Karma & Kleśas
“Yoga requires a revaluation of confused patterns of our thinking;
Relaxed mind without inhibitions, restraints and over-activity;
One-pointed projection on the chosen image symbol of attention;
Counting, holding the breath, helps for soft relaxed concentration.
Meditation becomes the calm continuity of retrospective think,
Keep the mind awake for trance and sleep yield you nothing.
Then you will become ready for real Yogic contemplation.”
– Mahendranath, The Magnum Opus of Twilight Yoga
When you are trying to establish good practices and make positive changes in your life, you will often meet the resistance of your current patterns. This is the built up inertia of our habits. It can also be called our karma, the accumulated results of all of our previous actions. The word karma literally means action. Karma can be both good and bad. Our beneficial habits, a good upbringing, a thorough education, all of these are things that are the results of past actions (whether by ours or others’) that we can draw upon.
All actions in this world are interconnected and like usually breeds like. Violence often breeds more violence, so when a person behaves violently, they are helping to engineer a world that is more violent, where more violence will probably be visited upon them. Unfortunately, they may have behaved violently in the first place because violence had been wreaked on them. And so the vicious cycle can go on and on. Most of the time, a person will end up visiting their injuries on someone completely new and not even the originator of their own hurt. Much of history is just a documentation of how atrocity has led to atrocity.
Luckily, the same is often true for things that we consider more positive. Someone who has been the recipient of incredible kindness will often carry that kindness forward to others. Additionally, we do have the free will to not just merely react to a situation, but to choose how we wish to act. Just because we have been treated with cruelty, violence, and antagonism does not mean that we have to dish these out in turn. We can abandon self-perpetuating ideas of retribution and allow the wheels of karma to slowly lumber to a halt. This may take a long time to work itself out, but it is the only way we can heal ourselves and perhaps the world.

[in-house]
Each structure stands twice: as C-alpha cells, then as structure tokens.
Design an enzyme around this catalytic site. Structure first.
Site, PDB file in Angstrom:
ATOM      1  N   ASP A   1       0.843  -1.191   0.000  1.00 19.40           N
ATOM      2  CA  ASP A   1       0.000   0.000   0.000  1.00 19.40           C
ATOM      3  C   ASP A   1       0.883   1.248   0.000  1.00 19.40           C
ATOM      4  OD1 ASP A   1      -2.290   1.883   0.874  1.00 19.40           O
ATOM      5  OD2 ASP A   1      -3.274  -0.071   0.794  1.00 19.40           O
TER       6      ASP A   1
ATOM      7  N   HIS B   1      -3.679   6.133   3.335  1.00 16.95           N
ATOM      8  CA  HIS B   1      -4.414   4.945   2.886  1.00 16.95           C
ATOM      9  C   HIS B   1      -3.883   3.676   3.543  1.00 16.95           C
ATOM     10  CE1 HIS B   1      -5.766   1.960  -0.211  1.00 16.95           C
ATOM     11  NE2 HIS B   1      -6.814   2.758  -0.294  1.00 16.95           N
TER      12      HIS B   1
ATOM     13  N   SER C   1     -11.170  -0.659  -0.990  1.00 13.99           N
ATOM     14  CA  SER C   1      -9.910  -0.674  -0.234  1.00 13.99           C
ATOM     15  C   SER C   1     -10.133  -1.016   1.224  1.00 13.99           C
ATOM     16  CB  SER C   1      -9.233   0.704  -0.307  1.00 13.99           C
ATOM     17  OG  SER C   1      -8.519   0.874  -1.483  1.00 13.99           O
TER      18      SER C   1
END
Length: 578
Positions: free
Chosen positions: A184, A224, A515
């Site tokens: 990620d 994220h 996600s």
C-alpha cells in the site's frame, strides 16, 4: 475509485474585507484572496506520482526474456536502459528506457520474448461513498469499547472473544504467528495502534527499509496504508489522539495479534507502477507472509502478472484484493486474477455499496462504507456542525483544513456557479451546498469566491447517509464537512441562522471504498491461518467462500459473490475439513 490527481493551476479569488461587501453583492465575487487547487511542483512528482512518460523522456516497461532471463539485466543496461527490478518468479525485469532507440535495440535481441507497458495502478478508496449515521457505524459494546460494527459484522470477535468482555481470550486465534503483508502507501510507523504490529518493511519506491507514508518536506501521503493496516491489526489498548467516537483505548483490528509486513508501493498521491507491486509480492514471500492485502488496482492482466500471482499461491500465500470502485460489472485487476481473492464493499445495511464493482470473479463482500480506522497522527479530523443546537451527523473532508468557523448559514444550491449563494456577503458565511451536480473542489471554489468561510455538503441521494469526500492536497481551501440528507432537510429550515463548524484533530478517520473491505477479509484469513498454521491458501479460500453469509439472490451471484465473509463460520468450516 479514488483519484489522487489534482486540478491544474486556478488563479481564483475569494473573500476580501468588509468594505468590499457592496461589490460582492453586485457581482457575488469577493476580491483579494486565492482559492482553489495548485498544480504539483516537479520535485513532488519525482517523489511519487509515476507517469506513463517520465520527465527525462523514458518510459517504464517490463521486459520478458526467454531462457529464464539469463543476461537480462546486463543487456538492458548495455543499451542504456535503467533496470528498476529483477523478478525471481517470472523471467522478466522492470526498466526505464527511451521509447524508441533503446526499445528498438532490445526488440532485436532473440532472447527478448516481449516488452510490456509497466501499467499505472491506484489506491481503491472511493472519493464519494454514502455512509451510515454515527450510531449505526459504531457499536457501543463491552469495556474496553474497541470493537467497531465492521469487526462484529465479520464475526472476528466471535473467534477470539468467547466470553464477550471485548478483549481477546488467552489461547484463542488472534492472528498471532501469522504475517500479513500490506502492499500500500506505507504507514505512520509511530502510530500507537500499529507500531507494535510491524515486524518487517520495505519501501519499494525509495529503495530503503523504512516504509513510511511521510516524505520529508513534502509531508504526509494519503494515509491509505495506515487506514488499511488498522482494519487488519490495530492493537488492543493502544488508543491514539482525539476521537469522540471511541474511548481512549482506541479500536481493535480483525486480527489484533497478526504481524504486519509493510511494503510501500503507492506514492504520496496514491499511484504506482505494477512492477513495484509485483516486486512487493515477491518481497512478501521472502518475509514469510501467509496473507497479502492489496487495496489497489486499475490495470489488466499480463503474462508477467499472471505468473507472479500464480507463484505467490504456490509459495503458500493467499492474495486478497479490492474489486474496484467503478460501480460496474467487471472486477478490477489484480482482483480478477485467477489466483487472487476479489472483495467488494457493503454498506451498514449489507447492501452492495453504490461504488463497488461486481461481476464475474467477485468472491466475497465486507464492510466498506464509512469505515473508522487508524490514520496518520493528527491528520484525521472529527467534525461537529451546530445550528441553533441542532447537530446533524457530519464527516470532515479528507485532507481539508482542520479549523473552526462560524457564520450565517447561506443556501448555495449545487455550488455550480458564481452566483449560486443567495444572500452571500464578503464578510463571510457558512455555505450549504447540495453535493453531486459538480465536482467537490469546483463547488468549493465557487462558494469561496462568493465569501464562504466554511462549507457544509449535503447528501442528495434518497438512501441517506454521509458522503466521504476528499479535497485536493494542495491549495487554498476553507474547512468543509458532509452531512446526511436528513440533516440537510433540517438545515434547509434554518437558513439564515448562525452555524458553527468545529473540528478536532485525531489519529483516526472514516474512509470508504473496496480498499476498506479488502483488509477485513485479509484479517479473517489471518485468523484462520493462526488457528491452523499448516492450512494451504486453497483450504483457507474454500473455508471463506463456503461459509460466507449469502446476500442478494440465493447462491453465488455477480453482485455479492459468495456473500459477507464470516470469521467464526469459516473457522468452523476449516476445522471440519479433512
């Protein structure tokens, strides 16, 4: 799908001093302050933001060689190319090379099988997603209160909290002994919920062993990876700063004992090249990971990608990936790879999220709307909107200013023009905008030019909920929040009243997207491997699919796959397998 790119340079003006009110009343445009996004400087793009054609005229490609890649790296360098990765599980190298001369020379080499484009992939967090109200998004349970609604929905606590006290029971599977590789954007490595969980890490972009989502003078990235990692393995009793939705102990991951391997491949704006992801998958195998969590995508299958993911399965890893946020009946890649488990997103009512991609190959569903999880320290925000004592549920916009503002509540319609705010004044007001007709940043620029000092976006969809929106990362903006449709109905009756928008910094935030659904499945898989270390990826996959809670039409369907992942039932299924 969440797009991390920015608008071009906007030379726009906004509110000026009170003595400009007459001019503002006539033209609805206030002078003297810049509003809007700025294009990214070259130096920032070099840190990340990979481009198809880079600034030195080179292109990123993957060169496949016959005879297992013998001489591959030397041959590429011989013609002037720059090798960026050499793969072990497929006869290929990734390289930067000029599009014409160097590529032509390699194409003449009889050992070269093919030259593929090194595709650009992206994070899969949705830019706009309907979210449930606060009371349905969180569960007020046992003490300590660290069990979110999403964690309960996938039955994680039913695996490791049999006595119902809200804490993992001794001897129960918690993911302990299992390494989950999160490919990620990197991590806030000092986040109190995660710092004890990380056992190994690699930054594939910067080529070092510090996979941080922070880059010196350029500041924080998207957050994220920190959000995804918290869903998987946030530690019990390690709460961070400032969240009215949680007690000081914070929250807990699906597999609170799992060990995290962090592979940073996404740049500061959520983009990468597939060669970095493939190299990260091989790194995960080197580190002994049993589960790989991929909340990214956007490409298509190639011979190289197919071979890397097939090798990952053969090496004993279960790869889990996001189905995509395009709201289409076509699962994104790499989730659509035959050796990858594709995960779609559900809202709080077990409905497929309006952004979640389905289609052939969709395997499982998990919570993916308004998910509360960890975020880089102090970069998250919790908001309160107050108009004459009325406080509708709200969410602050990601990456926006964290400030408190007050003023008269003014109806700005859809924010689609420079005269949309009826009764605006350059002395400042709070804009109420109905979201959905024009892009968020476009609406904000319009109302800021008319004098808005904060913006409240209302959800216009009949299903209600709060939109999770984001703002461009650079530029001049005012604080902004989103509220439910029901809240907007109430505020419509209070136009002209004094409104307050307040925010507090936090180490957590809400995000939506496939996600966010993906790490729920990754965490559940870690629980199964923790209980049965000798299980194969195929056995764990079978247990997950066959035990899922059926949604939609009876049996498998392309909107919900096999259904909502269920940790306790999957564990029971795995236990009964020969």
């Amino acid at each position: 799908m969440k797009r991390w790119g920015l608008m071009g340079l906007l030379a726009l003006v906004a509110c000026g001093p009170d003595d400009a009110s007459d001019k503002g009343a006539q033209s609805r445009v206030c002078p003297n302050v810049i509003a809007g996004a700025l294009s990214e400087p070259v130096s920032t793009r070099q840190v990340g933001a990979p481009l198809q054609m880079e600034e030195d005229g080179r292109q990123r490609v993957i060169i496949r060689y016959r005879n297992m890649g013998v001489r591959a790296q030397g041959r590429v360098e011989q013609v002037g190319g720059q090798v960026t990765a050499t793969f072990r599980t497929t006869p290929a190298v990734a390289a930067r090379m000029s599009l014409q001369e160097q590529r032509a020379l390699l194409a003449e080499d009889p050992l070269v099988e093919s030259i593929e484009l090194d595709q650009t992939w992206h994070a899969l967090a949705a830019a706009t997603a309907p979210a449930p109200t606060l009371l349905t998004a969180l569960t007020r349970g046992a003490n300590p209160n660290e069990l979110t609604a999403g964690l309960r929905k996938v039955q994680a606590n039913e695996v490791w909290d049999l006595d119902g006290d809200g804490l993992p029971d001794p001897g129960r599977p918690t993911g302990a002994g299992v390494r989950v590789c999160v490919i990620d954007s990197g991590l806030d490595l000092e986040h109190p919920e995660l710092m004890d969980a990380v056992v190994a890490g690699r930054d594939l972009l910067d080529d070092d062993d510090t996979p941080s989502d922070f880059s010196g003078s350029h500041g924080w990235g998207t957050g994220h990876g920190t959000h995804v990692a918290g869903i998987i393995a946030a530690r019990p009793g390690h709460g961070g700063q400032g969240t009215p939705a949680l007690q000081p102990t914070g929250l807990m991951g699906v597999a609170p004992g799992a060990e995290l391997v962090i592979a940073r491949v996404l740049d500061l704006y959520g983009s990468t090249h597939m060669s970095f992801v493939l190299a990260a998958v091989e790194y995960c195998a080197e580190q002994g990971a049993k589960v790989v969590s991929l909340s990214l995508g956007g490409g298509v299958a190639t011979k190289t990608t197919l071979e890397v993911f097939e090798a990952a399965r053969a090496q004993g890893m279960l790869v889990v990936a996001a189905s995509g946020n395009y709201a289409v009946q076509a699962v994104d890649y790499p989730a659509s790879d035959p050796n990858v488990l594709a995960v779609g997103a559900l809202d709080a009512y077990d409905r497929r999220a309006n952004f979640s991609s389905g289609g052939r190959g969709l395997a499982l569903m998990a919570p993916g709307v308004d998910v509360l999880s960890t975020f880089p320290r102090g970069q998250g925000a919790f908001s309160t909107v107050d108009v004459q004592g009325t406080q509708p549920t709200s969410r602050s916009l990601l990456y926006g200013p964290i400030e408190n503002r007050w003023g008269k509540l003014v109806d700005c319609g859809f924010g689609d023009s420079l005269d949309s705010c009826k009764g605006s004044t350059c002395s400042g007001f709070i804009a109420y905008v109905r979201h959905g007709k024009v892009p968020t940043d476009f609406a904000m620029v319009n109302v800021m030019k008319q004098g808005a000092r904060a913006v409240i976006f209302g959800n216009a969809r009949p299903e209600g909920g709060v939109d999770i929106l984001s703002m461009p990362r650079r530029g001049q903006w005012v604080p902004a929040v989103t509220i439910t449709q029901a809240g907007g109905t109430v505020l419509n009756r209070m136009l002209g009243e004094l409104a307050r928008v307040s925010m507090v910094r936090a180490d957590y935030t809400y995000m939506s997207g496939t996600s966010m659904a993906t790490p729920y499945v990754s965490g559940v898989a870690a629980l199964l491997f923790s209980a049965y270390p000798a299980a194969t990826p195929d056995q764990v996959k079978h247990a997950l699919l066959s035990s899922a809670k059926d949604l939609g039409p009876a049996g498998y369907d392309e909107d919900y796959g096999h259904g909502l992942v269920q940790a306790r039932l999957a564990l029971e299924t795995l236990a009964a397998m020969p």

So, karma is not ultimately about some kind of comforting idea of a universal justice system, punishing those who are bad and rewarding you for your good deeds. It’s more about owning up to your own past. It’s about learning what you do (and have done) unconsciously that contributes to the systems of power and violence that are in place in this world. It’s about starting to see how you benefit from these systems and learning how to take responsibility for it.
“Karma is bad if it involves harm, loss or suffering to other beings.
Thus, positive welfare thoughts and actions generate only good Karma
And can overcome bad Karmas brought over from previous lives.” – Mahendranath
In the Yoga Sutras, the obstacles which impede our development and our practice are called kleśhas, or afflictions. There are five of them:
Avidyāsmitārāgadveṣābhiniveśāḥ pañca kleśāḥ (YS II:3) –
The five afflictions (kleśa) are ignorance (avidya), egotism (asmitā), attachment (rāga), repulsion (dveṣa), and fear of death (abhiniveśa).
1. Avidyā – Ignorance
2. Asmitā – Egotism
3. Rāga – Attachment (also, “attraction” or “desire”)
4. Dveṣa – Repulsion (also, “aversion”)
5. Abhiniveśa – Fear of death (clinging to life)
Mahendranath created a nice English language rhyme which serves as a nice reminder and mnemonic:
“The five pain-bearing obstructions,
The root causes of trouble and strife:
Ignorance, Ego, Repulsion, Attachment & Clinging To Life.”
He also emphasized the importance of studying, understanding, and dismantling our own kleśas if we wish to make any kind of real spiritual progress:
“The entire Magick structure of our fantastic Twilight Yoga
Is rooted in the five kleshas (Sanskrit term for obstructions).
They are the cause of all the miseries and afflictions of life.
The vast mass of mankind live and suffer through these defects,
And they must be understood before real practice can begin,
For nothing can be attained until the mind knows these obstacles.